Article taken from GamingOnLinux.com.
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52 comments
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There's no reason for this game to have anti-cheat in the first place, it's a coop game. :/
Ardje 9 Jan
So Epic actually uses the steam deck to force users to get an epic online account.
I think this shows why EAC is evil.

The question is: what can you do to get around this? Rewrite to another anti cheat?
My biggest question is always: why an anti cheat? What games are worth playing with an anti-cheat?

I mean people will still complain that you are using cheats. So why all this trouble for the end user?

EDIT:
I now read that log in is not needed for the new EAC. I think Valve has yet again helped us there.
Thank you Valve!


Last edited by Ardje on 9 January 2022 at 10:30 am UTC
Beamboom 9 Jan
Quoting: ArdjeSo Epic actually uses the steam deck to force users to get an epic online account.
I think this shows why EAC is evil.

You need to read the whole article.


Edit: And so he did, later. :)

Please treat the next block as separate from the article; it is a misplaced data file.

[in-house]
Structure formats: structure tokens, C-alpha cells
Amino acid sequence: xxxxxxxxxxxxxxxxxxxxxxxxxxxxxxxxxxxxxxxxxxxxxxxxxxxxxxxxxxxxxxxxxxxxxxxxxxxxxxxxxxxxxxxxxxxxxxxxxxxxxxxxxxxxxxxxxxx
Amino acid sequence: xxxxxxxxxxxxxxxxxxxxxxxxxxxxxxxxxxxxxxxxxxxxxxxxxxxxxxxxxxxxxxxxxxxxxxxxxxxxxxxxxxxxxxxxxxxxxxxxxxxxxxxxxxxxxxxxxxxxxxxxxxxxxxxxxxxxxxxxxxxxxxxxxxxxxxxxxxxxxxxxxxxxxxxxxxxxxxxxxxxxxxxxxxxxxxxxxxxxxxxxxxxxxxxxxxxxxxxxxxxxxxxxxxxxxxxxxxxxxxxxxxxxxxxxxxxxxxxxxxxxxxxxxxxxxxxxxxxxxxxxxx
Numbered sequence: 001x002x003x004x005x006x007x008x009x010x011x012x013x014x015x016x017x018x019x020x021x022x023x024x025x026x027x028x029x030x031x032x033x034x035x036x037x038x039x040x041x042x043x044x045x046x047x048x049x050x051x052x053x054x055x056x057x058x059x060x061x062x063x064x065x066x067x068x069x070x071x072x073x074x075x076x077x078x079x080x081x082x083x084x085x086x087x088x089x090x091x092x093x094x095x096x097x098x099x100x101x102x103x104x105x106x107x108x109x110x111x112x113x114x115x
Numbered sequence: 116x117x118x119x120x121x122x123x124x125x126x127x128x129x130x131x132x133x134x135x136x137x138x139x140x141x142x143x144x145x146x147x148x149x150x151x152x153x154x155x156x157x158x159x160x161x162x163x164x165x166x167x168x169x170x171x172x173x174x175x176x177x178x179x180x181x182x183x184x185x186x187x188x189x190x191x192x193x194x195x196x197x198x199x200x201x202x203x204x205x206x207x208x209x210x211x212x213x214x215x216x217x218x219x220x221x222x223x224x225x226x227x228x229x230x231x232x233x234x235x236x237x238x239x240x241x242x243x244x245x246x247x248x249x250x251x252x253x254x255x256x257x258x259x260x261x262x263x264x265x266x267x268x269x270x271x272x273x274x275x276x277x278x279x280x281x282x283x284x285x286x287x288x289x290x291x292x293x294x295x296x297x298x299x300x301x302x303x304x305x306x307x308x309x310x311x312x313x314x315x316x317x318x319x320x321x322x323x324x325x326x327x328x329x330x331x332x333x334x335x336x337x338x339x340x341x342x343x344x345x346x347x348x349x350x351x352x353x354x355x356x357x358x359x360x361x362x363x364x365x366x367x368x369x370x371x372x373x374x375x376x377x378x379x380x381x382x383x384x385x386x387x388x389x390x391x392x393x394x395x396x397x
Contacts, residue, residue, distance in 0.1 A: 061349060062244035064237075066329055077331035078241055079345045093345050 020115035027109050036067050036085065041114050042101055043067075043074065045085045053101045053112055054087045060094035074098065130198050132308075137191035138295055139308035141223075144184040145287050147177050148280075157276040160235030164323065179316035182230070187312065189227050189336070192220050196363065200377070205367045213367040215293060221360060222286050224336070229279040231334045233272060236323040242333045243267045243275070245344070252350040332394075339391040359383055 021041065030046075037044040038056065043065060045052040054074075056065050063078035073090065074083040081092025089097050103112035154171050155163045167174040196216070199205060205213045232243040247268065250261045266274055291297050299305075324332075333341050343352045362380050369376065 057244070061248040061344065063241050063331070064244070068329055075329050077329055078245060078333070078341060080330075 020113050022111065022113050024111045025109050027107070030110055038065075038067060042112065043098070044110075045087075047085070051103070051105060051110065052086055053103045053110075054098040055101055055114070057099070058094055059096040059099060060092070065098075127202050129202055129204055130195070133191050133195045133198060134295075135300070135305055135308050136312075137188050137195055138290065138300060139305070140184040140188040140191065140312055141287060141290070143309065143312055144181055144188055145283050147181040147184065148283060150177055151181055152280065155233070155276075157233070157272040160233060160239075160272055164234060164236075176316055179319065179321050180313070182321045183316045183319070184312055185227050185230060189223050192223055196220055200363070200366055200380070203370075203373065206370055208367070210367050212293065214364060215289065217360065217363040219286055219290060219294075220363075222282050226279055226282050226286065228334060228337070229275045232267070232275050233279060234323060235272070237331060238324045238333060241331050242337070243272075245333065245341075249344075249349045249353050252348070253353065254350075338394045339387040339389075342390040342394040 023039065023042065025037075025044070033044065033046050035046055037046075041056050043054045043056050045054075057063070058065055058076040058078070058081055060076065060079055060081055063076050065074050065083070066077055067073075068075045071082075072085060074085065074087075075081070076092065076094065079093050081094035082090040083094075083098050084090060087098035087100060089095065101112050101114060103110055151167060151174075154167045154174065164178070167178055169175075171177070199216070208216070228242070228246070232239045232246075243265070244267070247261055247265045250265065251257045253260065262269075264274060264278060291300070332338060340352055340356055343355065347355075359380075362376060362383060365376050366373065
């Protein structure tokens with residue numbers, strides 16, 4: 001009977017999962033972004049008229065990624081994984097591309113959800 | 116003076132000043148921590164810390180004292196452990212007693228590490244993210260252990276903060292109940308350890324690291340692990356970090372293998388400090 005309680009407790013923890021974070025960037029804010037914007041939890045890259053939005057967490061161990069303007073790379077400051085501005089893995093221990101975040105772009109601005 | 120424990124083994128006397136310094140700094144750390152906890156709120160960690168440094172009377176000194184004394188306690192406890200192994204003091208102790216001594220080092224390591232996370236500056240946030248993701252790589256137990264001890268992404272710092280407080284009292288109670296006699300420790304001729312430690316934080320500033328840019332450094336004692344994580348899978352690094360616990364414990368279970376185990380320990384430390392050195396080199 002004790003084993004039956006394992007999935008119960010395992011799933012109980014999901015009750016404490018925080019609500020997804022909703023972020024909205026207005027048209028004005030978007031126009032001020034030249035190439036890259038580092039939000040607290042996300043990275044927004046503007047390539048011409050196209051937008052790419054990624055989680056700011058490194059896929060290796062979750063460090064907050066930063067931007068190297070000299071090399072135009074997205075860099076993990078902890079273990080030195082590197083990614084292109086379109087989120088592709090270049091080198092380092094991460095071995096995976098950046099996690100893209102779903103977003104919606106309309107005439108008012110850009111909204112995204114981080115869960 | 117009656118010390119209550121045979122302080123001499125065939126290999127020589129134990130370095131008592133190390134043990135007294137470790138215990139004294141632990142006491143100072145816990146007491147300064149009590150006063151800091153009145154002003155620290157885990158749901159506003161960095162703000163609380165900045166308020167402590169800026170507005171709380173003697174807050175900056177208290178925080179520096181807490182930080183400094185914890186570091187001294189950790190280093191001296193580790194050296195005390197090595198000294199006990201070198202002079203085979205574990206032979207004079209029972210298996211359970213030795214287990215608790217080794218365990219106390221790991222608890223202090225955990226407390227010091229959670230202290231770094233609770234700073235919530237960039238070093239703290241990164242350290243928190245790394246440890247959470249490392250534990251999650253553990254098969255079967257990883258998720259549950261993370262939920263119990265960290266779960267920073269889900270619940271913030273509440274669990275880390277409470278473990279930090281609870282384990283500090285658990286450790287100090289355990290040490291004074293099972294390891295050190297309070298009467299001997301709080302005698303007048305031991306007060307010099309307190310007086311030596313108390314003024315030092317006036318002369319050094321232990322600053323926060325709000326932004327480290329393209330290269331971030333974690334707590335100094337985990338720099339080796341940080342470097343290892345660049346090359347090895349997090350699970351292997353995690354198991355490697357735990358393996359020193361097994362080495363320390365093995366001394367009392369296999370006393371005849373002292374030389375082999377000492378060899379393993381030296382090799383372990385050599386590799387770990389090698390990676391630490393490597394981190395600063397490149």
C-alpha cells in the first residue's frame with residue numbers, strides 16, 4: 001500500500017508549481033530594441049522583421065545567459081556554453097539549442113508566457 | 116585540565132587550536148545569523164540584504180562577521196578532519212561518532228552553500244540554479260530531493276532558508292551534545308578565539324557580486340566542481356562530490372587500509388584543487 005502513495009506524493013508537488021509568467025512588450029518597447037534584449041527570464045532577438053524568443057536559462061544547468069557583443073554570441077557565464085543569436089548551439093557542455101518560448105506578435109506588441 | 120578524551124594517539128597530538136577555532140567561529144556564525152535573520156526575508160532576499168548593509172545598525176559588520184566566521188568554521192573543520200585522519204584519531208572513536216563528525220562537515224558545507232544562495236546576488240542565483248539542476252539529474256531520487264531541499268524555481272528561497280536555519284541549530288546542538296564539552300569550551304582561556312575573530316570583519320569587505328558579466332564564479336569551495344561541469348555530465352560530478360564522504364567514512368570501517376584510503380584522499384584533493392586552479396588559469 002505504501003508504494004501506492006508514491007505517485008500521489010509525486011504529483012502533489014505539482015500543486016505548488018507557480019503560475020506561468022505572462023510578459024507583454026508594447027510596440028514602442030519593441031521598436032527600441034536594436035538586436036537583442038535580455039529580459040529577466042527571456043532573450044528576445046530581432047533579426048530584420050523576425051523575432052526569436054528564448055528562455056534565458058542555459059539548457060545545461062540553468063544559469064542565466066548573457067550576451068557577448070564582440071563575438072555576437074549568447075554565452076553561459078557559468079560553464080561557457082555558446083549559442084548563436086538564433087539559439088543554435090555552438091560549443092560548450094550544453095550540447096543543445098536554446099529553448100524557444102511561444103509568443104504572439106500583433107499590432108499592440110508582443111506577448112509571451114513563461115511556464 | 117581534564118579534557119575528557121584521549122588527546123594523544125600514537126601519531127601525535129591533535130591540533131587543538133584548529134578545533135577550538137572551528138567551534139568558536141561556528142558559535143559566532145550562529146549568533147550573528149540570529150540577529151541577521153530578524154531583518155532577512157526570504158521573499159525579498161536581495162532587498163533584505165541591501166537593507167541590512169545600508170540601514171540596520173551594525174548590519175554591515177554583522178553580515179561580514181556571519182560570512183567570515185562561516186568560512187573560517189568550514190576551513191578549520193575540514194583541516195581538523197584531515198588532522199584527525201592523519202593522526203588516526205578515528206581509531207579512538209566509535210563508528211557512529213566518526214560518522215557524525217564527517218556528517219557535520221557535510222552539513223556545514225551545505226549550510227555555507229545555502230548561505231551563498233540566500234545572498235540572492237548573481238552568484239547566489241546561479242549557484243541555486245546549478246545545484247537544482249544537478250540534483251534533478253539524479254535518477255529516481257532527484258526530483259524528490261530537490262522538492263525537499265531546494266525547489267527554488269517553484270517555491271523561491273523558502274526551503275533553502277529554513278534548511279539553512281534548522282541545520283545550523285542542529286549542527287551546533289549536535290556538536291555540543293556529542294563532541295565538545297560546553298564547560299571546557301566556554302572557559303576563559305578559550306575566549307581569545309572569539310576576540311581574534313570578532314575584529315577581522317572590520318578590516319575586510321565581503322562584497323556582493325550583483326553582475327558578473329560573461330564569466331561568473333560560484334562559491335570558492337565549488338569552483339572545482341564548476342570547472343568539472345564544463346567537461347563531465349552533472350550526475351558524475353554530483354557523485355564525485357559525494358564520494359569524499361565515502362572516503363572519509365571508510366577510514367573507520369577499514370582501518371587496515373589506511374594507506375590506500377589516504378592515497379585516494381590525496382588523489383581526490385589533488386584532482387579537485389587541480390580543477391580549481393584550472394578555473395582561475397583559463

Last edited by Beamboom on 9 January 2022 at 10:53 am UTC
Ehvis 9 Jan
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It's funny how the same thing keeps coming back. People assuming that EOS requires an Epic account while it doesn't. Can't shake the feeling that this is by design though. Epic making this purposely vague so more Epic accounts would be made.

I had no idea about the two EAC versions though. So thanks to these devs for clarifying that. And I'm very curious if something more is going to be done with this.
Quoting: EhvisI had no idea about the two EAC versions though. So thanks to these devs for clarifying that. And I'm very curious if something more is going to be done with this.